Social Safety Net Mechanisms

The main elements of Egypt’s social safety net are consumer subsidies (both for major food items and nonfood household items, such as electricity and water), cash transfers and social insurance programs, income supplement and microcredit programs, and voluntary organizations’ welfare and development programs. The Social Fund for Development was established in 1991 to cushion the impact of adjustment on the poor

Consumer Subsidies

Generalized food subsidies have traditionally been a major component of the social safety net.48 They proved to be very expensive and have been greatly pared down. Currently, only bread, wheat flour, edible oil, and sugar are subsidized. Bread and wheat flour mainly sold to private bakeries) are available without restriction; edible oil and sugar are distributed on a monthly quota basis to consumers through ration cards. Only the two most basic forms of bread, shami and balady. are subsidized.

Bread is the staple food, with average consumption of about two and a half loaves a person a day, making up about 37 percent of the total daily calorie consumption. The bread and wheat flour subsidy amounted to about 1 percent of GDP in 1996/97. While the subsidy is not explicitly targeted, because the food is consumed proportionately more by the poor who rely heavily on it, it is effectively self-targeted.

Piped water is heavily subsidized for domestic, especially low-volume, consumers. A lack of reliable and consolidated information makes it difficult to estimate the aggregate water subsidy. Electricity is used by the poor, but predominantly only for lighting, and small residential consumers are cross-subsidized by large commercial customers. Oil products, despite recent price increases, also remain subsidized. The main subsidies are for fuel oil, kerosene (heavily used by the poor), and gas oil.

Social Fund for Development

To cushion the impact of the economic reform program adopted in 1990, the SFD was established in 1991. It was intended to assist, in the short term, low-income groups most directly affected by the economic reform and to strengthen the government’s institutional capacity to design and monitor poverty alleviation policies.

For the First phase of the SFD, the specific target groups identified by a program of surveys were women and children: new graduates; unemployed youth; small entrepreneurs; and employees leaving public sector jobs. The core SFD programs are the following:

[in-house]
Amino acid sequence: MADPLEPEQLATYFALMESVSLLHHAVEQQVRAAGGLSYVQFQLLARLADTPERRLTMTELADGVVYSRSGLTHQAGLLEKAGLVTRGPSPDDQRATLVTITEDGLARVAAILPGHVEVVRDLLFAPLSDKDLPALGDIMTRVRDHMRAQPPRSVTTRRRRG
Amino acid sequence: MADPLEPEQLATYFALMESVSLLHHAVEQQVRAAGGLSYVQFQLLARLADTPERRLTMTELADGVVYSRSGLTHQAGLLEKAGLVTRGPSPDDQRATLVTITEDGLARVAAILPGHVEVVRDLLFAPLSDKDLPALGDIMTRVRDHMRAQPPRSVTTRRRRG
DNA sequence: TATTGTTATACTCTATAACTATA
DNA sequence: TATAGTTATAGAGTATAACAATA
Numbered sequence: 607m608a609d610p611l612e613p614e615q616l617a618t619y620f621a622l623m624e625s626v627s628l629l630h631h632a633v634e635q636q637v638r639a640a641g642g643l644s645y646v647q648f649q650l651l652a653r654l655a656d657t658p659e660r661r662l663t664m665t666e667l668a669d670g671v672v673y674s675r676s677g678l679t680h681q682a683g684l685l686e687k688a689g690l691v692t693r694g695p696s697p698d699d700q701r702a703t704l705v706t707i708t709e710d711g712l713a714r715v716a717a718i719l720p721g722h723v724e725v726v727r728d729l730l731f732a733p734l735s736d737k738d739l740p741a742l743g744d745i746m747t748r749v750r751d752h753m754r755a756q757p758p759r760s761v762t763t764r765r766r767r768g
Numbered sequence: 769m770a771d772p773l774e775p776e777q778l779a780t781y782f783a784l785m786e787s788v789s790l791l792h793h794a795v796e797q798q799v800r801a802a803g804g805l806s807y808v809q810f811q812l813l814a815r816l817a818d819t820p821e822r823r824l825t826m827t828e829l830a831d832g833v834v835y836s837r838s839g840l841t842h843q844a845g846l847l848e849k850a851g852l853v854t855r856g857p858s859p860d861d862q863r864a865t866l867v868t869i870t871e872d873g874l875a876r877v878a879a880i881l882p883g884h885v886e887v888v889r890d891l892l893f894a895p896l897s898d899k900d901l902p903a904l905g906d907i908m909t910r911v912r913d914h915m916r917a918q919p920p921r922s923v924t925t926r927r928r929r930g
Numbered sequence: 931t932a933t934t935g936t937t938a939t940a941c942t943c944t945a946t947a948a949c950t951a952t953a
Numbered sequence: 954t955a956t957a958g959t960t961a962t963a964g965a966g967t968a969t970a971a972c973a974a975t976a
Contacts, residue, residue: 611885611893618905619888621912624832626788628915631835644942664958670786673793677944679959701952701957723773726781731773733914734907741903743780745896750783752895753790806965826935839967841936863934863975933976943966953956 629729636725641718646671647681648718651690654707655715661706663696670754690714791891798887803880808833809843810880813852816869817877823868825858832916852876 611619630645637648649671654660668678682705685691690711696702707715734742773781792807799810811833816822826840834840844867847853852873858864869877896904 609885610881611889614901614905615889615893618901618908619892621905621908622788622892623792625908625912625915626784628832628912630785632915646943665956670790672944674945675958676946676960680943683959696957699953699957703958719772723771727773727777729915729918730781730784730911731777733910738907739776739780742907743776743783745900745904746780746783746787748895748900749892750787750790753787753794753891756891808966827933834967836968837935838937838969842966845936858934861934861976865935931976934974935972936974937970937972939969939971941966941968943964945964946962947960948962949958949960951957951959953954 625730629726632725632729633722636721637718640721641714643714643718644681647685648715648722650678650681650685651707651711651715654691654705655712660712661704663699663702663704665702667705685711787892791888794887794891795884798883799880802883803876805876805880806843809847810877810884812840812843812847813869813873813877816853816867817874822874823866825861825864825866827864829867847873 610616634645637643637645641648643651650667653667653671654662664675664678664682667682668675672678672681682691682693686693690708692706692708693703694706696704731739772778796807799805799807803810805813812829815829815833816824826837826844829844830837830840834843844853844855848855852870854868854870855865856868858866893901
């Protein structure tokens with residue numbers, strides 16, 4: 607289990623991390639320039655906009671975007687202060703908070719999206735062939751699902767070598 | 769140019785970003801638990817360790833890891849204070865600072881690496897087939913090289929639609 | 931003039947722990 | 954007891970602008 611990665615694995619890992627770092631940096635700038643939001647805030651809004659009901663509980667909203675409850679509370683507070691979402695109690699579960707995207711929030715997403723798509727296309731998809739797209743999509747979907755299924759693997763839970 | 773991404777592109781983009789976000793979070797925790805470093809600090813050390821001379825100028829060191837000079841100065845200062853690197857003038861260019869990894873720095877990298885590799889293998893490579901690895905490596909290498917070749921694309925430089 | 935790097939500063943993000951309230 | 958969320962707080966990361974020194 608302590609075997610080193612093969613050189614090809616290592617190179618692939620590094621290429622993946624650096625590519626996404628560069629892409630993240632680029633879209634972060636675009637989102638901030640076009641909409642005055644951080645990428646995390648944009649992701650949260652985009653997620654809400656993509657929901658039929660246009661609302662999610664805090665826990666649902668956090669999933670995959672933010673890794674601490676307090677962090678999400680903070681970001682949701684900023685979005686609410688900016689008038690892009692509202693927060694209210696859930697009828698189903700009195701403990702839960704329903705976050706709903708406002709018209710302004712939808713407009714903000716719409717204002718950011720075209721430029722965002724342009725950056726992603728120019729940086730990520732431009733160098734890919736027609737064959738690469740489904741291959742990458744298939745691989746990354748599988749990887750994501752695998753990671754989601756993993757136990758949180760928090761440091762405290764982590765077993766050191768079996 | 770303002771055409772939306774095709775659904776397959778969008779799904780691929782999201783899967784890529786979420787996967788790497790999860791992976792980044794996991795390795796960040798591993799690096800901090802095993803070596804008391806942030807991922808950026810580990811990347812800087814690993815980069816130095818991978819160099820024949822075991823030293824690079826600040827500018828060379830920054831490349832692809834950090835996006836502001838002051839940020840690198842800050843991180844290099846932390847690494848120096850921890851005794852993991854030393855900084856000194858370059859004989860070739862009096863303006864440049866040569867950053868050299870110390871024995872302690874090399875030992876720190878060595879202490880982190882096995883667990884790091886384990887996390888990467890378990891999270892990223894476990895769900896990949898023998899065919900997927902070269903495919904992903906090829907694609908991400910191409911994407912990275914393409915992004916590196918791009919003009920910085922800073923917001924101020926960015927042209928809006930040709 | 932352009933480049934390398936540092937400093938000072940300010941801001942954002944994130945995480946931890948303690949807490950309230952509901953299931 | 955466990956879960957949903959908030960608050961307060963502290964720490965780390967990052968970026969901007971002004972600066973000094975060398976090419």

• (1) The public works program attempts to improve basic services and infrastructure in rural and low-income areas by creating temporary employment by funding labor-intensive projects (typically roads, water, and irrigation-related projects).

  • (2) The community development program has two projects: productive activities project centering on employment-generating activities, and the micro and cottage industry level. The social development activities project aims at improving the delivery of basic community services (mainly health and education).

  • (3) The enterprise development project creates jobs by lending (via banks) to small and micro enterprises.

  • (4) The employment and retraining project funds programs that assist public sector workers whose firms are restructured.

  • (5) The institutional development project aims to improve the government’s ability to identify and monitor the impact of economic and social policy on living standards.

All the major components of the SFD’s work will continue in the second phase following the generally positive assessment of the first phase. Greater emphasis will be placed on targeting, sustainability, decentralization, and impact assessment. The small business program is to become an independent, permanent, body lending to a wider range of small businesses (estimated at 20,000–25,000 a year). The labor retraining program will also be expanded to include skills development and will be retitled human resource development. The public works project is being scaled back (by almost half) following donor and government opinion that this should be the responsibility of line ministries. The community development program has been doubled. More resources will be spent on working with local institutions and nongovernmental organizations (NGOs).

Beyond Stabilization. Toward a Dynamic Market Economy